Westerners sometimes applaud when their airliners land, but here the touchdown of a camouflaged Iranian Air Force transport plane in the war zone provoked a bellowed outcry:

"Allahu akhbar God is great , Imam Khomeini is great, death to America, death to the Russians, death to Iraqi President Saddam Hussein ."

Leading the passengers in this thanksgiving was Hojateslam Gholam Reza Safii, a prominent mullah in the office of military ideology and education.

Bespectacled, bearded as befits a Shiite cleric, and wearing the flowing gowns that are the mullah's trademark, the youngish cleric talked for most of the flight with Behzad Nabavi, the man who negotiated the release of the U.S. hostages last year.

Safii and several fellow clerics, on an inspection trip in the capacity of religious commissars for the Army, were flown by hedge-hopping helicopters to the battle sites of Iran's recent victory for a briefing with the divisional commander.

The commander, Col. Azim Azgomi of the 72nd, or Khorassan, Division, began their briefing by announcing, "In the name of Allah the compassionate and merciful, I welcome you."

Half pleased, half seemingly contemptuous of the Western journalists who were also along, a mullah wondered aloud if the reporters "minded not being served champagne" as was the Army's wont during the rule of the late shah. He also pointed out that in the new Army, officers and men ate together in true revolutionary style, at tables standing up.

Despite such revolutionary attributes, the regular Army, as opposed to the Revolutionary Guards who are the secular arm of the ruling clerics, appears still deeply marked by its long relationship with the U.S. military going back to soon after World War II.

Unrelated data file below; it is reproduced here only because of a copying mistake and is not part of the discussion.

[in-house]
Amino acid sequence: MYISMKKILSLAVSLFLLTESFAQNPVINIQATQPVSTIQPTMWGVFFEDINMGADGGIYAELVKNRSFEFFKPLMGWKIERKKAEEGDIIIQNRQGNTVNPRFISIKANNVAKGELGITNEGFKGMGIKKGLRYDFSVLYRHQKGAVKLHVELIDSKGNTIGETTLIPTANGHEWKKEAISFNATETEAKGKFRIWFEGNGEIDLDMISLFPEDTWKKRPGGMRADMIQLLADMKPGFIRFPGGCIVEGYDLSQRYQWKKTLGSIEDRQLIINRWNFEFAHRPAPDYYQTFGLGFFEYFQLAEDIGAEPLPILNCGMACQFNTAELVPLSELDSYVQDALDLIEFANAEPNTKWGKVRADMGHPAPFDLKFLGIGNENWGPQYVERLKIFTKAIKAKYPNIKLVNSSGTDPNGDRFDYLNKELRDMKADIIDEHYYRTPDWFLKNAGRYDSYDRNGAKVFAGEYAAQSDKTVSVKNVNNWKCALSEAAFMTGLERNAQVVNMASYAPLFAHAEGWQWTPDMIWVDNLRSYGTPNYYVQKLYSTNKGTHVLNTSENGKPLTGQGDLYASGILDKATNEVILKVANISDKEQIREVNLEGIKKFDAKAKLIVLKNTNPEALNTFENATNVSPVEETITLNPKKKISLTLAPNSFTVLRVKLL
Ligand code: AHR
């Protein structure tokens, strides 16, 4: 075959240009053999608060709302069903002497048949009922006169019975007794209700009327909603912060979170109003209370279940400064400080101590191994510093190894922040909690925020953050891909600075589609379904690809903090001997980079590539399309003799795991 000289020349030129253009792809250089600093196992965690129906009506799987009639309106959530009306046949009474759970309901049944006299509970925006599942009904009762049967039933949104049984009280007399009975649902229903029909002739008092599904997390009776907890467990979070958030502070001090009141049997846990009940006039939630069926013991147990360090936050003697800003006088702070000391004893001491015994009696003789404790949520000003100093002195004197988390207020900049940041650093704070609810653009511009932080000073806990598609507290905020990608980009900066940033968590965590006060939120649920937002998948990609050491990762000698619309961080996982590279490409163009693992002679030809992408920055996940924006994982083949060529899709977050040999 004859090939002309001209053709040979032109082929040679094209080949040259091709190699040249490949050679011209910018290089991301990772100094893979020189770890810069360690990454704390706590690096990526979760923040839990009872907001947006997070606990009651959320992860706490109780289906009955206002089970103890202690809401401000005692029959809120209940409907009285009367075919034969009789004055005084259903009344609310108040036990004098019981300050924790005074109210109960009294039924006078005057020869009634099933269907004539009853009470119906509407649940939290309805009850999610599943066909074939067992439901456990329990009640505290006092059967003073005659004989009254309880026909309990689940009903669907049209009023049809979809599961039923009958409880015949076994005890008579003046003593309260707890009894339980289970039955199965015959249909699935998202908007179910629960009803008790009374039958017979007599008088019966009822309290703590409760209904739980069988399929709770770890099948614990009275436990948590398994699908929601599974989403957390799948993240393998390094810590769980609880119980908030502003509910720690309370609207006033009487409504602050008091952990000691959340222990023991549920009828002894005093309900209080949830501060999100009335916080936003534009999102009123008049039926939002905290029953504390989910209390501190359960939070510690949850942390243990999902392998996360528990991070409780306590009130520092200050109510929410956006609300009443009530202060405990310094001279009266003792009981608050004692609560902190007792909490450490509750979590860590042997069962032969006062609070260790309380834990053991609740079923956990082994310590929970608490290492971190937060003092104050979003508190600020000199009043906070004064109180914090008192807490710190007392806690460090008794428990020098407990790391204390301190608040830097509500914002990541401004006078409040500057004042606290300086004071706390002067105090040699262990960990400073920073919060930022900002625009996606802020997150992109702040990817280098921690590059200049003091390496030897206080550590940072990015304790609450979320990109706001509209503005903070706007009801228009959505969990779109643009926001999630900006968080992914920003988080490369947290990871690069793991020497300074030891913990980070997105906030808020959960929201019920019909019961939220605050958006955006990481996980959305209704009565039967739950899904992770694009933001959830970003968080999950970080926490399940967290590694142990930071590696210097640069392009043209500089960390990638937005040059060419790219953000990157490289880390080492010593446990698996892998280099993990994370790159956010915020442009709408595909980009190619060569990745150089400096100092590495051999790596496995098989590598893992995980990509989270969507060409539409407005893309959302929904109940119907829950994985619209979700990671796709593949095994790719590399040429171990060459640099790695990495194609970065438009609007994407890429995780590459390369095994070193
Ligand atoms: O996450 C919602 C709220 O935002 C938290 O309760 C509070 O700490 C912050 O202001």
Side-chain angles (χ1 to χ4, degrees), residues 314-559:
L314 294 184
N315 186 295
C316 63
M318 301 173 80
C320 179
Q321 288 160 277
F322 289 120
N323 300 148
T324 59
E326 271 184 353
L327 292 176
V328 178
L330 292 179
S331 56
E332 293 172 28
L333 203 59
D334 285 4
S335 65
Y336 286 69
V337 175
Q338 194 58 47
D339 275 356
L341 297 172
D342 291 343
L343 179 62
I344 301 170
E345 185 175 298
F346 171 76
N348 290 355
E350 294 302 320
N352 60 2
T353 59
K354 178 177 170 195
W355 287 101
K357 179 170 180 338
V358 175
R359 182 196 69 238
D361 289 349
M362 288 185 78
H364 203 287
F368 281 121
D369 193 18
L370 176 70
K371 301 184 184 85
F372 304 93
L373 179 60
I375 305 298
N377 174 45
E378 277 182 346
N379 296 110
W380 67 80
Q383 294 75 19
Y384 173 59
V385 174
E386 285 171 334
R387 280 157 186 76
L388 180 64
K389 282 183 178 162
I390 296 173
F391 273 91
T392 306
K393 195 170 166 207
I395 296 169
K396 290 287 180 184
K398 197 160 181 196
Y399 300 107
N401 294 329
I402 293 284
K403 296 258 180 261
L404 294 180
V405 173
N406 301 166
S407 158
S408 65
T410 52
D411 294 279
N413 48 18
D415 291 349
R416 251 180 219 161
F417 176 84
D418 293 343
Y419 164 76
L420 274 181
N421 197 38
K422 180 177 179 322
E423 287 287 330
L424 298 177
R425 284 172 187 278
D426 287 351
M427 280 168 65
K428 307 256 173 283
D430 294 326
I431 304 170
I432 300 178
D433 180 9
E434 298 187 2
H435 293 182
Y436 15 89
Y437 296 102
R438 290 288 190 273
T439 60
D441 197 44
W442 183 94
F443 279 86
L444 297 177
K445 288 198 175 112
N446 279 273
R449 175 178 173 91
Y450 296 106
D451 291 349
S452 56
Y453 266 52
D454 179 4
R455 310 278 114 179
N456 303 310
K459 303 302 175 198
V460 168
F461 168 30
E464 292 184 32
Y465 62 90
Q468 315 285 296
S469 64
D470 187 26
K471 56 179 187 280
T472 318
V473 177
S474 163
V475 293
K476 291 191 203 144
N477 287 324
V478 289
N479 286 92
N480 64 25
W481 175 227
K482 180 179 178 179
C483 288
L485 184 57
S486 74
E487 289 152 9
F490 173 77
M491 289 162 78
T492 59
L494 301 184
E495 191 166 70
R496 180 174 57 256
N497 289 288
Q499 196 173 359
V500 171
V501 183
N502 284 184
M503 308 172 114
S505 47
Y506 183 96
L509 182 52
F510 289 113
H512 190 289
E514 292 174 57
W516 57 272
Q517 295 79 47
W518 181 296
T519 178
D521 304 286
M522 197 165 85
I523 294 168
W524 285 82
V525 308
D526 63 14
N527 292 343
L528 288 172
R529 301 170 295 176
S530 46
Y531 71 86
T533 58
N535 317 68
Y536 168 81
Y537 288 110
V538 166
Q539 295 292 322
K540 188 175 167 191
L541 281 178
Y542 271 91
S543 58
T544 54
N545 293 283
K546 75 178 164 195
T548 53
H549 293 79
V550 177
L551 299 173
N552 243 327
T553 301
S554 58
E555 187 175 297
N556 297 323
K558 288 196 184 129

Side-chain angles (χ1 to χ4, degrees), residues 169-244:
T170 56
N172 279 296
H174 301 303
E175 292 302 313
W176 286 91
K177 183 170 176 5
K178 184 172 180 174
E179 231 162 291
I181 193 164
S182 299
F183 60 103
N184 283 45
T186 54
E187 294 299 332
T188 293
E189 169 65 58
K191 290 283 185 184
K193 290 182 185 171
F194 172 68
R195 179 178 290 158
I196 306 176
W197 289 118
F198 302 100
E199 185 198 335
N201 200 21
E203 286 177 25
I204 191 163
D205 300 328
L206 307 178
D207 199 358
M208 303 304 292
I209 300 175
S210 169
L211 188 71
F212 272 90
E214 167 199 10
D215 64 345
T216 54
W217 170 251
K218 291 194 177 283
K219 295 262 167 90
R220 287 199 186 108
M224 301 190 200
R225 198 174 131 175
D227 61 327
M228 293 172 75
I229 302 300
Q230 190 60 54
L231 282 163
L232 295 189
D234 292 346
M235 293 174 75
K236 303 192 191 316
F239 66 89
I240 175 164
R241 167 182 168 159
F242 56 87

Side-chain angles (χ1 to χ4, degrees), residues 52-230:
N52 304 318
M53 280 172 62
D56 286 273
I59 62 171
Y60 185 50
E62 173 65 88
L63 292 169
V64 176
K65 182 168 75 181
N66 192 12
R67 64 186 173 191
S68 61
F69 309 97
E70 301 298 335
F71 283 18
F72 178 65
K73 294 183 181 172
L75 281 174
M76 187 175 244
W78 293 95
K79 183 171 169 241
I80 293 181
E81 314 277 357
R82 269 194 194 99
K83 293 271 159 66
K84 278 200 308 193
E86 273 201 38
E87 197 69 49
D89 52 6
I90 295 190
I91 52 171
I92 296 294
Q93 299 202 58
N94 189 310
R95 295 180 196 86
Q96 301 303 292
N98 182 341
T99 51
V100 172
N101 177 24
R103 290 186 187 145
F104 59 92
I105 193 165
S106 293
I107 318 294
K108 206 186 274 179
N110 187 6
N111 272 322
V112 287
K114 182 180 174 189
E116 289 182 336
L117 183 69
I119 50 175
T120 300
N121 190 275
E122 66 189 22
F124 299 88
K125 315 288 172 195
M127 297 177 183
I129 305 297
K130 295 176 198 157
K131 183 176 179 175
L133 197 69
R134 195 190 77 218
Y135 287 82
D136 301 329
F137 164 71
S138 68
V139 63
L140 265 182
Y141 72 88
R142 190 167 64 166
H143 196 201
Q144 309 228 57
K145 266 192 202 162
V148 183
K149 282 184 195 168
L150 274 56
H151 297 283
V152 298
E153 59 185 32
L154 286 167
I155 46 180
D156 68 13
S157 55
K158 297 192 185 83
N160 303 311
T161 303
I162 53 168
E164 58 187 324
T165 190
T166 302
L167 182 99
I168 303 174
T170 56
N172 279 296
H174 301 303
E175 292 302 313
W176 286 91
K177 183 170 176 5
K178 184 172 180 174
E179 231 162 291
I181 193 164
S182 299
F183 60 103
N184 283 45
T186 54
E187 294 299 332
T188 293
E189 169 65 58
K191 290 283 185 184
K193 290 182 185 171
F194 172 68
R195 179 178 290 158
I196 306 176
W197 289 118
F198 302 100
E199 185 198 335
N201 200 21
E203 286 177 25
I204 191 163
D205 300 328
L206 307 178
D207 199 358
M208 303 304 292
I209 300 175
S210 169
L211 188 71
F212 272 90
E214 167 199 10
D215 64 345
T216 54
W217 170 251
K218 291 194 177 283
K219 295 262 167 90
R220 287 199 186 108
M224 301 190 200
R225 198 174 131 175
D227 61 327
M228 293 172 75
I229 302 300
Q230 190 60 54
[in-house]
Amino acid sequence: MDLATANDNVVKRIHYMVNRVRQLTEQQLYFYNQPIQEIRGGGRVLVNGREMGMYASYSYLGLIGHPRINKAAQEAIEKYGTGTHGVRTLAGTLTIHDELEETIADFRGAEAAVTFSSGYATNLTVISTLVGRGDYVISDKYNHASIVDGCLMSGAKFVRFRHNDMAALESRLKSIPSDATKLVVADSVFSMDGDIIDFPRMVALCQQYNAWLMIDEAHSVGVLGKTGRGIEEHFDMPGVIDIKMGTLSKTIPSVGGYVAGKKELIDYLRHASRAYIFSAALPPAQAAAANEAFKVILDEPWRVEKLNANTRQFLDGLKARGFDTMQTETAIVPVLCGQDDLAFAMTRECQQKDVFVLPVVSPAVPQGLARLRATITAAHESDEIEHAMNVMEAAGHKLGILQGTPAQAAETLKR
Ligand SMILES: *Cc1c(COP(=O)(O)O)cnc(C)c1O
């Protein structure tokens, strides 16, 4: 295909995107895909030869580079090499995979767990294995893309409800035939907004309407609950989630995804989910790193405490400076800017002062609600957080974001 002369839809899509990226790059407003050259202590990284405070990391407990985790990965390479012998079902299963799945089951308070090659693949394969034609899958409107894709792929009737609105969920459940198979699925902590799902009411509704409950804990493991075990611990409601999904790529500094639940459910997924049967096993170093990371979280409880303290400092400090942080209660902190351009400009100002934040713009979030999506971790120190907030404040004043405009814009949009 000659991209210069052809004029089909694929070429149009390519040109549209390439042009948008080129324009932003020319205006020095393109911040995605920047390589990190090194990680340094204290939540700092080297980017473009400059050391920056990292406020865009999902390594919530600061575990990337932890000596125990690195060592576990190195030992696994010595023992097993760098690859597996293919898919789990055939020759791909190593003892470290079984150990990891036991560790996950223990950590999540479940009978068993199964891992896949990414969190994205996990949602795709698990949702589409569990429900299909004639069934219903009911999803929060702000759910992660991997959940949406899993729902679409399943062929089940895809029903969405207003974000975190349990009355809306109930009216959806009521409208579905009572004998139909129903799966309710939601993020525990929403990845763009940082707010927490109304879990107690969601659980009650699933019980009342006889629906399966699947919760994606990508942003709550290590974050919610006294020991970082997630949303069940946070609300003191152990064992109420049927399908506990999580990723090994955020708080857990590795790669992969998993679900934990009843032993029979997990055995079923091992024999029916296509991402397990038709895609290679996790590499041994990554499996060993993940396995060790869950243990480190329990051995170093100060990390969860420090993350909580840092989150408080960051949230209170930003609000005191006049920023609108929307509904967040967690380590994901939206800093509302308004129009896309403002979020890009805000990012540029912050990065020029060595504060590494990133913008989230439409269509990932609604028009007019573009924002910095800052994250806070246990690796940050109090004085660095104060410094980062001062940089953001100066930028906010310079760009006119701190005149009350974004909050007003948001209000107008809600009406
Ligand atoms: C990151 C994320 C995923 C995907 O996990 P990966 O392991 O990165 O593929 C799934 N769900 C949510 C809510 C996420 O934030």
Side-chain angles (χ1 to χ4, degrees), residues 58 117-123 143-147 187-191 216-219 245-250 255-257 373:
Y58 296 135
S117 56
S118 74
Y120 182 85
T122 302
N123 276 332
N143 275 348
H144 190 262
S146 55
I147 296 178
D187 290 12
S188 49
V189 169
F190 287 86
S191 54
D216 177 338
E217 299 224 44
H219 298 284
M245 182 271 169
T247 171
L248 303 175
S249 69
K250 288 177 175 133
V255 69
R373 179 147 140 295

American-built F5s in camouflage paint take off and land at Dezful's Vadahtia Air Base, which in English still proclaims itself to be "the home of the fighters."

Those aircraft--and the American troop-carrying helicopters and gunships--have turned in a remarkable performance in the recent fighting. Most of the pilots trained at bases in the United States.

Although much stress is officially put on the inspiration of Islam and the personal guidance of religious leader Ayatollah Ruhollah Khomeini, American arms also have been an important part of why the Iranians came out winners in the recent fighting.

The gunships are faster and more maneuverable than the equivalent Soviet-built Hinds in the Iraqi inventory. And Iranian Army aviators, who fly the helicopters, credit their ships with knocking out both Iraqi tanks and helicopters.

For professionals in the Iranian armed forces, long suspect in the clerics' eyes for their support of their late shah, the war with Iraq has provided a chance to win back official recognition.

Little more than three years ago, Army units ran amok and killed hundreds of civilians in a display of violence marking their fury at the shah's forced departure into exile. When the revolution came to power in February 1979, dozens of top generals were executed, and all other general officers were retired.

Thus it was not without significance when Col. Ali Jamali, the deputy ground forces commander, after expressing his thanks to Khomeini's leadership and the inspiration of Islam, added, "We feel part of the nation, not separated from the nation. We love the nation and the whole nation loves us."

Even Americans seem more easily tolerated these days. Iranian Army personnel from privates and noncommissioned officers up to senior commanders were uniformly polite, sometimes even cordial, to American journalists visiting the war zone. After the strains caused by American support of the shah and the 444-day detention of the Americans at the U.S. Embassy here, it seemed like the recent victories had put many official Iranians in a buoyant mood.

At Ahwaz Airport, a Revolutionary Guard was upset enough upon learning that a group of journalists included Americans to suggest he put bullets through their heads. But at the end of the journalists' two-day visit, an Iranian officer laughingly told an American reporter who expressed interest in prolonging his stay, "perhaps we can arrange for 445 days."